Claire Hanratty, managing director of the Great Barrier Reef Foundation, presents SCU's Dr Steve Whalan his $10,000 research prize and an original Vera Moller print of an imaginary marine life form.
Claire Hanratty, managing director of the Great Barrier Reef Foundation, presents SCU's Dr Steve Whalan his $10,000 research prize and an original Vera Moller print of an imaginary marine life form.

SCU coral reef researcher wins award

RESTORING damaged reefs by encouraging corals and sponges to grow on artificial surfaces has secured the 2012 Bommies Award for a Southern Cross University marine scientist.
The Bommies Award is a prestigious annual prize provided by the Great Barrier Reef Foundation (GBRF) to recognise innovative solutions to the challenge of climate change threatening Australia's Great Barrier Reef.
Dr Steve Whalan, a research fellow with the University's Marine Ecology Research Centre, received the award from Claire Hanratty, GBRF Managing Director, in Brisbane on Friday, November 2.
Dr Whalan will use the $10,000 prize to advance his research idea, 'The use of surface micro-topography to enhance larval settlement for large scale reef restoration'.
"Reef restoration is a process similar to the reforestation of land following logging," he said.
"The artificial surface technology has the potential for multiple applications that will contribute to conservation and management of degraded coral reefs in Australia and around the world.
"Traditional restoration methods have largely focused on using fragments of branching adult corals, commonly known as staghorn corals, to re-seed damaged reef areas.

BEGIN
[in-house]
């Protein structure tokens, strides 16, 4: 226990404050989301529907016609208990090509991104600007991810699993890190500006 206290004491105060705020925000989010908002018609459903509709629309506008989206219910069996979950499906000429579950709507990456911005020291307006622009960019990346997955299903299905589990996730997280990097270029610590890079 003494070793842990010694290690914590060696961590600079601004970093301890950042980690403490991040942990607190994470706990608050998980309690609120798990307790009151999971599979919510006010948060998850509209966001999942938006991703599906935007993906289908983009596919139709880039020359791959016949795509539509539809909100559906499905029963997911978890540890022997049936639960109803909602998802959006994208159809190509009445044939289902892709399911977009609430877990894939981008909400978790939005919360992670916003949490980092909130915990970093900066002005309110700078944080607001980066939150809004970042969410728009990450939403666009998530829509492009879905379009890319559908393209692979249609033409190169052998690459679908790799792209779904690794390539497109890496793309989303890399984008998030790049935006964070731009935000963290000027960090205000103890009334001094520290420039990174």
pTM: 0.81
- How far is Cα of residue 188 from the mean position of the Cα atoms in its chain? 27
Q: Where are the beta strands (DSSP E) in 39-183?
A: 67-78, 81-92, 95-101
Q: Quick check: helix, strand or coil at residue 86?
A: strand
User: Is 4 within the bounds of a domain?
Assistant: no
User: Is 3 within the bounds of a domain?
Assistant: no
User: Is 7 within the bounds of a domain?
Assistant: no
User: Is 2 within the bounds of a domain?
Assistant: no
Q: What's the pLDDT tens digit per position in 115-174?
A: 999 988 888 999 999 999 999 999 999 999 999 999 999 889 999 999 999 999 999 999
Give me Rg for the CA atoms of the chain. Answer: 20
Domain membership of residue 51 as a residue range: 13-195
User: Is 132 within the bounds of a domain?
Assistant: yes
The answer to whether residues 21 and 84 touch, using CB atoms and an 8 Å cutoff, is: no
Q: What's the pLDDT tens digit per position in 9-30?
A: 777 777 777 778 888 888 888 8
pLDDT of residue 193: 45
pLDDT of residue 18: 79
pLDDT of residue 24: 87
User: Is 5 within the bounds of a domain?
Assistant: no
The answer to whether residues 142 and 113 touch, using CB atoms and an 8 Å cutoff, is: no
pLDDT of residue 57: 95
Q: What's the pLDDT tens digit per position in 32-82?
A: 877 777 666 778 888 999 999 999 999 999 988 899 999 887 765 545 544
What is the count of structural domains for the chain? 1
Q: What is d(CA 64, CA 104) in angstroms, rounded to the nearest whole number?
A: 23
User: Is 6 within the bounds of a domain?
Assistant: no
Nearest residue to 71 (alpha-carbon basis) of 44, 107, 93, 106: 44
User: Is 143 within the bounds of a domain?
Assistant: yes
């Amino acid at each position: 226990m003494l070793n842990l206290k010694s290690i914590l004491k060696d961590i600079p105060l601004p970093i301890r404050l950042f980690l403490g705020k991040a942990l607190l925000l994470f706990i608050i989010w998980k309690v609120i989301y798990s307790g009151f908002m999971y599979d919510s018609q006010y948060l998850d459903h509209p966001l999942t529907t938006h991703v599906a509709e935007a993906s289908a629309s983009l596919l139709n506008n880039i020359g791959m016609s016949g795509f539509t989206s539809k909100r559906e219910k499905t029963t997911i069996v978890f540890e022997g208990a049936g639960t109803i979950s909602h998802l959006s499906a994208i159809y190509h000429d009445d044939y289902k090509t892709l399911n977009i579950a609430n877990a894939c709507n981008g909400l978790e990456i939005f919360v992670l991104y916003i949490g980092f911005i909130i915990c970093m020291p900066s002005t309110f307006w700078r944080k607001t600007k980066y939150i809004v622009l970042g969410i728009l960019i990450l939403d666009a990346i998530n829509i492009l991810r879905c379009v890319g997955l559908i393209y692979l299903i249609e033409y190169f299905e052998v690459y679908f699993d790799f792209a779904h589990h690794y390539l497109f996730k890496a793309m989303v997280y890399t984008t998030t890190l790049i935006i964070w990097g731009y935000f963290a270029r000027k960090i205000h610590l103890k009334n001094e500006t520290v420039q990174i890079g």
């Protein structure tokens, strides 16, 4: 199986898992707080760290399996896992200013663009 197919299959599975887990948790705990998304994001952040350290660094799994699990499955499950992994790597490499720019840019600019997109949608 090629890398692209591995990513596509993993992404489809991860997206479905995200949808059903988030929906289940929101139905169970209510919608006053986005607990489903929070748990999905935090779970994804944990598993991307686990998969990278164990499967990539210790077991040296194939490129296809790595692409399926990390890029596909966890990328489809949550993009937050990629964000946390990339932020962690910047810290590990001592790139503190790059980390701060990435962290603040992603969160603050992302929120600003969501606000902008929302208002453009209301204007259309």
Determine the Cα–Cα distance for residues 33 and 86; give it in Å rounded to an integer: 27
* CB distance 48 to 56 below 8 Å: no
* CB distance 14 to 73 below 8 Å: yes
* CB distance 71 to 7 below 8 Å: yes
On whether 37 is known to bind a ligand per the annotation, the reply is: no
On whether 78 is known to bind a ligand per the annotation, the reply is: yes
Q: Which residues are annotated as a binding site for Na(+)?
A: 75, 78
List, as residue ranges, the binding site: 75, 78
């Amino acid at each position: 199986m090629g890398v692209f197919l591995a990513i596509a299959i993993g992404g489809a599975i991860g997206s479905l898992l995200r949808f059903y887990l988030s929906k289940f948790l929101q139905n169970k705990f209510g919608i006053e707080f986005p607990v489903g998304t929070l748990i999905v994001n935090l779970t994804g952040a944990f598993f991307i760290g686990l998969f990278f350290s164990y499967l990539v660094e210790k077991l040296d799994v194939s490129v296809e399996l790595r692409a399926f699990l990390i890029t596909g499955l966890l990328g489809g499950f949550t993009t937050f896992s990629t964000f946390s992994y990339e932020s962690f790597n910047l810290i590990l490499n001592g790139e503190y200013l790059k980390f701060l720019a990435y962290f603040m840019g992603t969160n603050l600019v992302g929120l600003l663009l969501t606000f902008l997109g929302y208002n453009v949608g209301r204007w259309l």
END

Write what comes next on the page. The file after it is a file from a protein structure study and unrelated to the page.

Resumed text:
"This approach is extremely labour intensive and best suited to re-seeding small areas. The use of branching corals to re-seed reefs also limits the effort to restore the high diversity that gives coral reefs their striking visual appeal."
Dr Whalan's research will see him recruit coral and sponge larvae to do the work.
"While adult corals and sponges spend their lives fixed to the bottom of the ocean, each produces thousands of babies (larvae) which can swim," he said.
"Larvae are critical because they actually seek out suitable places to live, and once happy with the home site, undergo irreversible metamorphoses into a young coral or sponge.
"If we can work out the real estate choices of larvae, then reef restoration will be more effective."
Dr Whalan will test a series of artificial settlement surfaces to establish if larvae show a preference for where they make their home.
If successful the surfaces can be then be deployed directly to degraded reefs.
Dr Whalan will also test whether the use of micro-crevices, engineered within artificial surfaces, optimise larval settlement and survival.
"These surfaces may provide increased points of attachment whereby the larvae can lodge and secure themselves to provide refuge from strong currents or grazing starfish until they grow to a refuge size where these pressures are lessened," he said.
The research project will be conducted in conjunction with researchers from the CSIRO and James Cook University (JCU), with testing at Orpheus Island, off Townsville in Queensland, where JCU has a research station.
Dr Whalan has more than 10 years' experience researching coral reef communities in the Great Barrier Reef and the Torres Strait.
He said reefs were remarkably resilient but human influences were taking their toll.
"Coral reefs are vulnerable to numerous disturbances but usually at small scales following storms and pollution which can result in reduced reef diversity," he said.
"Climate change, though, is forecast to place coral reef diversity at risk on a much larger scale."
 



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